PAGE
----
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Man’s jaw broken in Merseyside homophobic attack

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  1. Graham Anderson 28 Jul 2010, 5:38pm

    Wow, I can’t find any information about this on the Merseyside Police site, the Bootle Times or the Liverpool Echo.

    Marsh Lane is the very encylopædia definition of “rough area” though.

  2. I couldn`t agree more with IgnacioD,!The best way is to fight back! No so long ago, about 9 teenagers went to a well known cruising spot in Surrey and started intimidating fellow cruisers, I went back to my car got my torch, a mate of mine joined me, and we went, two against 9! Guess what? they all run off back to their cars and drove off! We should not let people intimidate us!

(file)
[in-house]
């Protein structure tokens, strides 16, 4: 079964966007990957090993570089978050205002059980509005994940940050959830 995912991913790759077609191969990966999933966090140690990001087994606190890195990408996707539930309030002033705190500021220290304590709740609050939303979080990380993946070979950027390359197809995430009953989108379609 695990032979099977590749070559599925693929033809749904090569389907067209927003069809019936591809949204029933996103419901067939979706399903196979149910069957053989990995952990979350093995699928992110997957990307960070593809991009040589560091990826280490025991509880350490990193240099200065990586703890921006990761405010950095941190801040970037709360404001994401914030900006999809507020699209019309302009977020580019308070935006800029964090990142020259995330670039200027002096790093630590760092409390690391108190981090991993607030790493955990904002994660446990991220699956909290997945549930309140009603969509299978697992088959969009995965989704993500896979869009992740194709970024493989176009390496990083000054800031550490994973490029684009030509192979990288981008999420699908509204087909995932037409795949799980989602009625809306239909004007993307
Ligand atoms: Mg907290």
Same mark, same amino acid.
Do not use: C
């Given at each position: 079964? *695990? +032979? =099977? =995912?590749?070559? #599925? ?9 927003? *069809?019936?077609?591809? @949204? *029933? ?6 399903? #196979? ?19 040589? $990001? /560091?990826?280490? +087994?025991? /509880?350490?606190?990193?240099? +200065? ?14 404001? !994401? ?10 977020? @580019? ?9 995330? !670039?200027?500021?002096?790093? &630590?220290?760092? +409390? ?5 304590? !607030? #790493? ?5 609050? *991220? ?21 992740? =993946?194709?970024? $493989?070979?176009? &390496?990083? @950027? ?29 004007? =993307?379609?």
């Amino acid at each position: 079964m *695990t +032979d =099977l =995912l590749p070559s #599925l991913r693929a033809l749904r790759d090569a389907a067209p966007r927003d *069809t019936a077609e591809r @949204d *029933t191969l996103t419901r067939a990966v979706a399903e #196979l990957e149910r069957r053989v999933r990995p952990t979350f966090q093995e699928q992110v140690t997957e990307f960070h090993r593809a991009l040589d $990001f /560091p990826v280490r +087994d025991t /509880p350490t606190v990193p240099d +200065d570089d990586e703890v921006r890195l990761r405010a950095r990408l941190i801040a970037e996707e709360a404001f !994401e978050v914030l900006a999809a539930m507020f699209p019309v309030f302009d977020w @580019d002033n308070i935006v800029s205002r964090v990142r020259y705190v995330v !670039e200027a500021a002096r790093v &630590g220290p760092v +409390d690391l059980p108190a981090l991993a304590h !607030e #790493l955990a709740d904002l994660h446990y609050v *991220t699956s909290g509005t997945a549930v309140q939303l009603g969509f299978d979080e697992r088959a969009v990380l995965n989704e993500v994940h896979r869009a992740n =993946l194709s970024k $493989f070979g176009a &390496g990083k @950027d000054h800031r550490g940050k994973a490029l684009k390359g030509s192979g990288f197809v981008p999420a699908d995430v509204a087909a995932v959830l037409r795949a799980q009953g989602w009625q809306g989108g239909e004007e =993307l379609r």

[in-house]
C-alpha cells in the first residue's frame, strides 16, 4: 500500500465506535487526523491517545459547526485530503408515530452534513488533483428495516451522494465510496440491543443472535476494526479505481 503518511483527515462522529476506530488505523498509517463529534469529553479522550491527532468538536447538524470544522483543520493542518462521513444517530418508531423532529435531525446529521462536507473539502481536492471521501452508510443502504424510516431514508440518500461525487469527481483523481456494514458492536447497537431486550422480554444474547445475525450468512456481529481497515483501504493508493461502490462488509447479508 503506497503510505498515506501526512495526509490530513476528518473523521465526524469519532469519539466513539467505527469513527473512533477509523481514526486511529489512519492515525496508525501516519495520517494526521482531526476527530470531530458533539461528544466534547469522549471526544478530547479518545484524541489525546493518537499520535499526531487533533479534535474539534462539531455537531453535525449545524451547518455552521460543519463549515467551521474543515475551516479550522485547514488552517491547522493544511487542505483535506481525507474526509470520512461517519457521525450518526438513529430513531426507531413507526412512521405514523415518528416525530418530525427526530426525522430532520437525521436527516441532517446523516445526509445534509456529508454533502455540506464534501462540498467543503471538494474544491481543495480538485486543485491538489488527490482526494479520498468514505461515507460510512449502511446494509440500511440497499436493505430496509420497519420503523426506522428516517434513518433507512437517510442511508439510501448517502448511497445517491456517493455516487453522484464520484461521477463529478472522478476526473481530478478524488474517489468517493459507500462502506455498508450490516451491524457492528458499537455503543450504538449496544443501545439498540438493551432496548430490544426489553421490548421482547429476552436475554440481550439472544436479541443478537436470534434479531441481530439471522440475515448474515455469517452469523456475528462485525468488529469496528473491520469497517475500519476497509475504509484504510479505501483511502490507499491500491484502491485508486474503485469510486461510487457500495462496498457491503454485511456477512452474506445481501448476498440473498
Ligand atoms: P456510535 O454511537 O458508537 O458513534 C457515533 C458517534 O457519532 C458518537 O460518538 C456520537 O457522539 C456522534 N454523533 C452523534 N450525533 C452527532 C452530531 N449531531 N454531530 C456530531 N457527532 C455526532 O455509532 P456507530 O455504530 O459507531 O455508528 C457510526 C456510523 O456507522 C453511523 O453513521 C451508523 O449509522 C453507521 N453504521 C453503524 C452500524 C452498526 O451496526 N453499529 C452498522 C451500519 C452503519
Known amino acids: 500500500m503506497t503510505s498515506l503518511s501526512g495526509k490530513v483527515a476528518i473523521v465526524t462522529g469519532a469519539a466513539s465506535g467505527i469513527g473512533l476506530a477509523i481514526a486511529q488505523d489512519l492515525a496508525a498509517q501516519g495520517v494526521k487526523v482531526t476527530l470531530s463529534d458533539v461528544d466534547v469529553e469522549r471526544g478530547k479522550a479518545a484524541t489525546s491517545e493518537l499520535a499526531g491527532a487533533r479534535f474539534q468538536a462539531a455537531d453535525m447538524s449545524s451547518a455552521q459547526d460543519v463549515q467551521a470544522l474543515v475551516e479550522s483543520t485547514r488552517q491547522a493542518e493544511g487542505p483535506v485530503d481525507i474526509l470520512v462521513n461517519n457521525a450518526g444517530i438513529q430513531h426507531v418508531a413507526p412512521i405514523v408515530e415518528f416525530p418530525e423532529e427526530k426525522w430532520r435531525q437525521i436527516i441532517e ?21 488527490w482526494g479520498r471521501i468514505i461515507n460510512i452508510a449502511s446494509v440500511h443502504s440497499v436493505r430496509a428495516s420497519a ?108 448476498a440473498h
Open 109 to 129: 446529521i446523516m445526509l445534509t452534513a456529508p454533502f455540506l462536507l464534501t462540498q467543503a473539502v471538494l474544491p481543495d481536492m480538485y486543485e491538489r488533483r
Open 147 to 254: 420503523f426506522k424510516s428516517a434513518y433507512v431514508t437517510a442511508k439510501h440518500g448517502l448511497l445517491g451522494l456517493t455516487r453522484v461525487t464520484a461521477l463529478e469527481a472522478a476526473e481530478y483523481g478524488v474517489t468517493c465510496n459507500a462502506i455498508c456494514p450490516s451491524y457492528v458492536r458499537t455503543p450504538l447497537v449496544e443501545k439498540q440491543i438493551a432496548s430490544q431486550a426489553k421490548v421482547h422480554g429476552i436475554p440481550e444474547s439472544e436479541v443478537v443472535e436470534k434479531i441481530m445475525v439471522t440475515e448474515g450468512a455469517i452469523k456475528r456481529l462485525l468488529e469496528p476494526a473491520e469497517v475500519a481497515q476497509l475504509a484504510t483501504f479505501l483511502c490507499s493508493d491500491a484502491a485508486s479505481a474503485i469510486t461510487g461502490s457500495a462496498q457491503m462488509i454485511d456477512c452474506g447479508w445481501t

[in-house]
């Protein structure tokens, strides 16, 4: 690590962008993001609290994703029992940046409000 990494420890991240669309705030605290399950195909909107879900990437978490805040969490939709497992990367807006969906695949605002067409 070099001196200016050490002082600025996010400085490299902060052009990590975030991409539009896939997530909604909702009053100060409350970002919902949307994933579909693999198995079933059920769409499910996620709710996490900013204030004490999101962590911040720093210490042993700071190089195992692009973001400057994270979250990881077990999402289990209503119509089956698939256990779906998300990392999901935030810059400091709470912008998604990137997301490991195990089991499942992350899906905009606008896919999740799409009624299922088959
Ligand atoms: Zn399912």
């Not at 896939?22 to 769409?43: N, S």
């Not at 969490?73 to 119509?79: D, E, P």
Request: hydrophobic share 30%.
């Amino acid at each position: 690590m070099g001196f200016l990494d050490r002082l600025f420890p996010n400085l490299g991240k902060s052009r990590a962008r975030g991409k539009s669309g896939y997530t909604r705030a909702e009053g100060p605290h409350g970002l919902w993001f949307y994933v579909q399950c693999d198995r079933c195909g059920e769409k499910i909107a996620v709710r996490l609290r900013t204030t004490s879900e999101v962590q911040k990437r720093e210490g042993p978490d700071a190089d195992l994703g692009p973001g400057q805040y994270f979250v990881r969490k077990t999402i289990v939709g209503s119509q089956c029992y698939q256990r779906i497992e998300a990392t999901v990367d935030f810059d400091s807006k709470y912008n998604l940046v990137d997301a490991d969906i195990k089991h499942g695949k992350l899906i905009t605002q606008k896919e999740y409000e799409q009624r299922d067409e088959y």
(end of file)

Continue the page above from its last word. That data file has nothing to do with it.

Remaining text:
3. Some people would not be able to ‘fight back’. I suggest that we all carry defensive ‘amunition’.
    A legal spray stain can really throw people off their guard which gives time to exit. It also stains their faces for easy I.D. by the Police.

  4. Vincent Ravencroft 28 Jul 2010, 8:37pm

    @Alfie: I liked Ur comment ….. @ Ian Bower: I liked what U said about carrying spray stain to use as self-defense, and how it makes it easy for the police to identify the attackers … I’m going to google spray stain and see if it is sold here in the states, because I know we have pepper spray mace, but I don’t know about the spray stain

  5. The problem with the “fight back” tactic is, simply, that you’re all out numbered. Even if it were 50/50 (gays and straights), you’re going to have an easier time rallying haters to beat gays than vice-versus.
    Of course fight back if someone attacks you, and stick up for others who are being attacked, but do not lose the police’s respect for us all.

  6. Hopefully these thugs will be caught and punished.